Urological Science

ORIGINAL ARTICLE
Year
: 2021  |  Volume : 32  |  Issue : 3  |  Page : 104--110

Outcomes of starting low-dose pazopanib in patients with metastatic renal cell carcinoma who do not meet eligibility criteria for clinical trials


Jun Akatsuka1, Go Kimura1, Kotaro Obayashi1, Kotaro Tsutsumi2, Masato Yanagi1, Yuki Endo1, Hayato Takeda1, Tatsuro Hayashi1, Yuka Toyama1, Yasutomo Suzuki1, Tsutomu Hamasaki1, Yoichiro Yamamoto2, Yukihiro Kondo1 
1 Department of Urology, Nippon Medical School Hospital, Tokyo, Japan
2 RIKEN Centre for Advanced Intelligence Project, Tokyo, Japan

Correspondence Address:
Go Kimura
Department of Urology, Nippon Medical School Hospital, Tokyo 113-8603
Japan

Purpose: Eligibility for clinical trials is very strict and only patients who satisfy various criteria can enter trials. The individual use of pazopanib has not been adequately investigated. An optimal administration regimen for pazopanib in “real-world” patients with metastatic renal cell carcinoma (mRCC) is required. Our purpose was to determine the tolerability and efficacy of first-line pazopanib with a low starting dose in patients with mRCC who were ineligible for clinical trials. Materials and Methods: This study included patients with mRCC who underwent treatment with first-line pazopanib and were previously excluded from clinical trials because they did not meet the inclusion criteria. A 400 mg pazopanib starting dose is used routinely in patients with mRCC; if tolerated, dose escalation up to 800 mg may occur. Results: We identified 18 patients with mRCC who received first-line pazopanib and were previously determined ineligible for clinical trials. Pazopanib dose was escalated in 12 patients (66.6%), to 600 mg/day in 8 patients (44.4%) and to 800 mg/day in 4 patients (22.2%), and was not escalated in 6 patients (33.3%). In 3 patients (16.7%), pazopanib was discontinued owing to intolerability. The most common frequent adverse event was elevated alanine aminotransferase levels in 6 patients (33.3%), followed by a decreased platelet count in 5 patients (27.8%) and anorexia in 5 patients (27.8%). Partial response was seen in 5 patients (27.8%) and stable disease in 10 patients (55.6%); median progression-free survival was 11.9 months (95% confidence interval: 6.3–28.7 months). Conclusion: Our data indicated that a low starting dose of 400 mg pazopanib did not negatively affect treatment tolerability and efficacy in patients with mRCC ineligible for clinical trials. We found that lower starting doses may lead to better results. Additional studies are needed in a larger cohort and longer follow-up to attain authentic outcomes.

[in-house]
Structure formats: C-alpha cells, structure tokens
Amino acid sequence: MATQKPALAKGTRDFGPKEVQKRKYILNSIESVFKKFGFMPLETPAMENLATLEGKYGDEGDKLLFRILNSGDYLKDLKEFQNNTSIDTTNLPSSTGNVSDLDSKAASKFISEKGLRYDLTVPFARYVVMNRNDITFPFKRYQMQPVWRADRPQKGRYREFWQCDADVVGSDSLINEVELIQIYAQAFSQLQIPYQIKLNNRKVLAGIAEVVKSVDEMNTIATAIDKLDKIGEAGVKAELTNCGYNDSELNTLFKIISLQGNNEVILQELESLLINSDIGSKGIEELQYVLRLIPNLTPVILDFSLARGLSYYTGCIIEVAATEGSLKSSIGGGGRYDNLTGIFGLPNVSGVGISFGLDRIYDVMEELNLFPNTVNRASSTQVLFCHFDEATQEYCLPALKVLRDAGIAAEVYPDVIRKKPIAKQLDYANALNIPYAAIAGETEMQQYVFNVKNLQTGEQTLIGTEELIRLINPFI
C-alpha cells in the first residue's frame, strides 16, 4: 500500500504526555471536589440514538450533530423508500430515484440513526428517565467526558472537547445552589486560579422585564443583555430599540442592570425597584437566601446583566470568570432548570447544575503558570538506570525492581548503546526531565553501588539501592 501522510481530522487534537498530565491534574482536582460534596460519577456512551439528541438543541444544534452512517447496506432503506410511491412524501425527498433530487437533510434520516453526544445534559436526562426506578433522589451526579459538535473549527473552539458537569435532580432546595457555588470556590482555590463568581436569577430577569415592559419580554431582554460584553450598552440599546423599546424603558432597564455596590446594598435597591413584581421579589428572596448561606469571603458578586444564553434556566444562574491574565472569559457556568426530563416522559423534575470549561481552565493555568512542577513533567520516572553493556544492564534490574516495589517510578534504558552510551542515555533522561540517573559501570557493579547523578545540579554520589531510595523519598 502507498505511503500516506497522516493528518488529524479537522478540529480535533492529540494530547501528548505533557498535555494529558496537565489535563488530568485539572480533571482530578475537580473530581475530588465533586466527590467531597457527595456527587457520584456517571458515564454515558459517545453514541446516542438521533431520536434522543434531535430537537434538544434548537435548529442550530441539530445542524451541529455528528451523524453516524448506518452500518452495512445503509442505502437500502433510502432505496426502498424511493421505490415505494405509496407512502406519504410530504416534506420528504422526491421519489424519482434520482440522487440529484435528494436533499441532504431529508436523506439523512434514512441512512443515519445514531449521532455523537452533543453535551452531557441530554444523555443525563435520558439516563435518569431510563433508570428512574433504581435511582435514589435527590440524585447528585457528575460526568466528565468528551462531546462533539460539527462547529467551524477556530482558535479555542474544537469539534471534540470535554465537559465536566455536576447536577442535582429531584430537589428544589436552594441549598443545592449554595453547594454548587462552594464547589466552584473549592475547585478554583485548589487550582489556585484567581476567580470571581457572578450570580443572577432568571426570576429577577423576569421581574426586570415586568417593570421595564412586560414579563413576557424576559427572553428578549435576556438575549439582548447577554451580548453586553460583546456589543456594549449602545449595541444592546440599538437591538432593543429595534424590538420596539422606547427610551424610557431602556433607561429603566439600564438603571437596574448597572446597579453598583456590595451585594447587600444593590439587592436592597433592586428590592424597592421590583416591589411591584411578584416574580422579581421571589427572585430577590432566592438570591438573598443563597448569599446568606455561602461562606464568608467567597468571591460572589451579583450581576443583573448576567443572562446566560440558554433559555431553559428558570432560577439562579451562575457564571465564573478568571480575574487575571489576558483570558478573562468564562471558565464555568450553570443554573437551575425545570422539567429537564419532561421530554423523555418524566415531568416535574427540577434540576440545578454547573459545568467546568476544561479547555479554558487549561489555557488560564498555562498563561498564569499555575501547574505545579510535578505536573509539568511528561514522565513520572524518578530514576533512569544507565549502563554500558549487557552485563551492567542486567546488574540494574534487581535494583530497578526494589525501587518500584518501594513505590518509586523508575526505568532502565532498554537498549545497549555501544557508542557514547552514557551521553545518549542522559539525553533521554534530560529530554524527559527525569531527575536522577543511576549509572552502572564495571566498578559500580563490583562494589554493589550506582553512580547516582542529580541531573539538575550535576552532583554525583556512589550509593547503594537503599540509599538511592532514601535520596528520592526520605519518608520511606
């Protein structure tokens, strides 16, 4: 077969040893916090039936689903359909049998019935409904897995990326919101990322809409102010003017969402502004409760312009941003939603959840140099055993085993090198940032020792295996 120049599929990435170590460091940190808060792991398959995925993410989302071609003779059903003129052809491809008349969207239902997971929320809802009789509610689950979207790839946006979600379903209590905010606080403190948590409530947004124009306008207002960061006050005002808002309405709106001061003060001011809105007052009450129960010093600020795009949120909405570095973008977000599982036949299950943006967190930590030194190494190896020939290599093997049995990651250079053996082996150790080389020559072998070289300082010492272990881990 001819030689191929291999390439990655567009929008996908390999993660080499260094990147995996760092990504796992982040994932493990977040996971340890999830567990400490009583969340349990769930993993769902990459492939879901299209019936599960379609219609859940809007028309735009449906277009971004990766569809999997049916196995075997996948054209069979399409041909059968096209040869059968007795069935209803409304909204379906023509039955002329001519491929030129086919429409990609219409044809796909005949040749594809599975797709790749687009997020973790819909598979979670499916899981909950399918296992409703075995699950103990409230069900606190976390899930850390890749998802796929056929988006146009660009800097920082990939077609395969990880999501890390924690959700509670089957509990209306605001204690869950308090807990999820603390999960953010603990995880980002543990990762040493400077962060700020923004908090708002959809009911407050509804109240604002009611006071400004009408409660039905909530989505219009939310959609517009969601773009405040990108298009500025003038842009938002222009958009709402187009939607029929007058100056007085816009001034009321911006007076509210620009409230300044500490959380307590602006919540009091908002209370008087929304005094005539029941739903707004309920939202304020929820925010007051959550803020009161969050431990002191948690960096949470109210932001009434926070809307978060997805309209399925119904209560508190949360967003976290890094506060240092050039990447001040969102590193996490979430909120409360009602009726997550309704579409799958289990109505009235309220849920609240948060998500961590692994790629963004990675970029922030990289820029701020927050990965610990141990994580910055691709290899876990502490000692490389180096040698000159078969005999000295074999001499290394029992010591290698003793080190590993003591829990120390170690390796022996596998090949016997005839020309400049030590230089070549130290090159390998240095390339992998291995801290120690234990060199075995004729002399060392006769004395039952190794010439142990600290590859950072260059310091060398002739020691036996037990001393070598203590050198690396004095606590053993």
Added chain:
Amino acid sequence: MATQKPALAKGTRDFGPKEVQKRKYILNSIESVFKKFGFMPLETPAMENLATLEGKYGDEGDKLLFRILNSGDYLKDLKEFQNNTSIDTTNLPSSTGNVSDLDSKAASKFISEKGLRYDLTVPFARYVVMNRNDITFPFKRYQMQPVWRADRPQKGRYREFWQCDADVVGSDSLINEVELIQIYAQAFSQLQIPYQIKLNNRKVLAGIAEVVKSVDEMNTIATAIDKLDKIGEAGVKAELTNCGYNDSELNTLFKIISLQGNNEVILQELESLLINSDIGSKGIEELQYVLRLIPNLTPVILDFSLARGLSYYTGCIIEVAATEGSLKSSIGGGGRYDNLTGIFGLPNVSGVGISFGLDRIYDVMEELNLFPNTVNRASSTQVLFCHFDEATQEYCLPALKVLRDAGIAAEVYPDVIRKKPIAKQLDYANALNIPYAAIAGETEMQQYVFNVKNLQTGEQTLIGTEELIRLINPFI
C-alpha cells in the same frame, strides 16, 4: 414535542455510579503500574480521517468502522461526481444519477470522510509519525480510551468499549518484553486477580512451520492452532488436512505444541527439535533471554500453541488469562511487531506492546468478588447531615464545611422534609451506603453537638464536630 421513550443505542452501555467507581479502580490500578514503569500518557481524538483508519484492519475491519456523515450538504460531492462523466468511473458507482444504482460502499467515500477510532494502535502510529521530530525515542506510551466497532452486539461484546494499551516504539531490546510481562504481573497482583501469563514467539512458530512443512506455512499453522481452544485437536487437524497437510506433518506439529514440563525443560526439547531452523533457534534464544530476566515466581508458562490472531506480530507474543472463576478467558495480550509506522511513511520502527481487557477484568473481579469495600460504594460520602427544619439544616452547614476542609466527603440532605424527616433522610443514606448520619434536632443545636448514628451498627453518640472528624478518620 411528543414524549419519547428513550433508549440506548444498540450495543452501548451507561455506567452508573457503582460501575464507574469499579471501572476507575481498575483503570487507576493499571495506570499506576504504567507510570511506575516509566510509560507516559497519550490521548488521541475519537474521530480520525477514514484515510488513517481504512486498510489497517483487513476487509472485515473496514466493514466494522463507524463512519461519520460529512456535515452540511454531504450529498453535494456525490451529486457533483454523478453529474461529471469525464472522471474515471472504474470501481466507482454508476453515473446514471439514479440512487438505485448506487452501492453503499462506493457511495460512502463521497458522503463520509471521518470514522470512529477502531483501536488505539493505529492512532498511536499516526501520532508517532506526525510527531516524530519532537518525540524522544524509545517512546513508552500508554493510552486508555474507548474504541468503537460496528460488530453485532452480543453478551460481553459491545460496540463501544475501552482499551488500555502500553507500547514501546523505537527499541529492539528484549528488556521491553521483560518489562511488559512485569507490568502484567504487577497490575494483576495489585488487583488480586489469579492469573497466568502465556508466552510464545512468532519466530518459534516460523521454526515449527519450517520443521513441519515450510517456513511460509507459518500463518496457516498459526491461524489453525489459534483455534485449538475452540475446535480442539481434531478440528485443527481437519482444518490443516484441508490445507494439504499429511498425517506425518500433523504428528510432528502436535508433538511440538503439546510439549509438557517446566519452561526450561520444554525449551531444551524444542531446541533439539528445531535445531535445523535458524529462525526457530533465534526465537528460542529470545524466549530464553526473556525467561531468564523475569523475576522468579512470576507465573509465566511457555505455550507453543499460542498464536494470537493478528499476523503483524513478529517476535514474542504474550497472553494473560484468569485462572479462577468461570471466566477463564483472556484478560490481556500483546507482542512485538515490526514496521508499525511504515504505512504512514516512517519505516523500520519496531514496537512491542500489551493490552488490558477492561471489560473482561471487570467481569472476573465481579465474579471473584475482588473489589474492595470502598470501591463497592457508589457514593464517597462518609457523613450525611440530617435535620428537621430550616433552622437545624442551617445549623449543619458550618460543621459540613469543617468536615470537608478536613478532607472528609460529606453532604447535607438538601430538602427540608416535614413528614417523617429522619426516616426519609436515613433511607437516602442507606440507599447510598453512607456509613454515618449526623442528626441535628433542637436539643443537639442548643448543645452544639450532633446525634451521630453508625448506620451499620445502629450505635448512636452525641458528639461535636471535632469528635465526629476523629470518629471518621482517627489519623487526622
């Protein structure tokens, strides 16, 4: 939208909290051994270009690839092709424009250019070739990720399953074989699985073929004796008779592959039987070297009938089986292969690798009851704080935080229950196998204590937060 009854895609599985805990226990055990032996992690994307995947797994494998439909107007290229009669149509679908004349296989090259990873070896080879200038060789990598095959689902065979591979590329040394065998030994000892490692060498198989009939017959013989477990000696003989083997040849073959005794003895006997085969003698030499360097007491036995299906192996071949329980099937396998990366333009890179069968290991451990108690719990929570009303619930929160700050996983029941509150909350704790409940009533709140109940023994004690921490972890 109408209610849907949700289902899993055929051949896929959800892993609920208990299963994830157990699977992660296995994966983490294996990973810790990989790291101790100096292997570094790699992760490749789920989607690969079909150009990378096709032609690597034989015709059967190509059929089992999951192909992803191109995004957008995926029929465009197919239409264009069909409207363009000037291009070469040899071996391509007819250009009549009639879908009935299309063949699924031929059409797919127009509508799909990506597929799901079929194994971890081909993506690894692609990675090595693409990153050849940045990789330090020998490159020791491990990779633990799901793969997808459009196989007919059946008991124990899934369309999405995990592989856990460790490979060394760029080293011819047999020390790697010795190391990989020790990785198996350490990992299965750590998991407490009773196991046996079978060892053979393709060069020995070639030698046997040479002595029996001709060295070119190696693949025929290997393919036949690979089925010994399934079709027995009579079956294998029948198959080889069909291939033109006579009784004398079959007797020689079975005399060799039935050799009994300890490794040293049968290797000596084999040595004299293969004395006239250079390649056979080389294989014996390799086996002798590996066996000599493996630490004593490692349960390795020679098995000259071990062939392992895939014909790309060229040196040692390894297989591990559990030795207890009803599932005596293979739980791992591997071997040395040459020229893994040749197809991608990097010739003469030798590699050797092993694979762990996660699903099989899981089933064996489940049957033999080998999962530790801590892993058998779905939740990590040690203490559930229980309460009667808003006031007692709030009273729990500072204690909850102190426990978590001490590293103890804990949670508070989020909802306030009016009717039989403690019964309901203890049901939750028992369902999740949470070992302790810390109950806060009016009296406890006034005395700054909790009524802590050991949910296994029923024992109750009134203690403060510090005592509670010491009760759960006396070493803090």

How to cite this article:
Akatsuka J, Kimura G, Obayashi K, Tsutsumi K, Yanagi M, Endo Y, Takeda H, Hayashi T, Toyama Y, Suzuki Y, Hamasaki T, Yamamoto Y, Kondo Y. Outcomes of starting low-dose pazopanib in patients with metastatic renal cell carcinoma who do not meet eligibility criteria for clinical trials.Urol Sci 2021;32:104-110


How to cite this URL:
Akatsuka J, Kimura G, Obayashi K, Tsutsumi K, Yanagi M, Endo Y, Takeda H, Hayashi T, Toyama Y, Suzuki Y, Hamasaki T, Yamamoto Y, Kondo Y. Outcomes of starting low-dose pazopanib in patients with metastatic renal cell carcinoma who do not meet eligibility criteria for clinical trials. Urol Sci [serial online] 2021 [cited 2023 Jan 26 ];32:104-110
Available from: https://www.e-urol-sci.com/article.asp?issn=1879-5226;year=2021;volume=32;issue=3;spage=104;epage=110;aulast=Akatsuka;type=0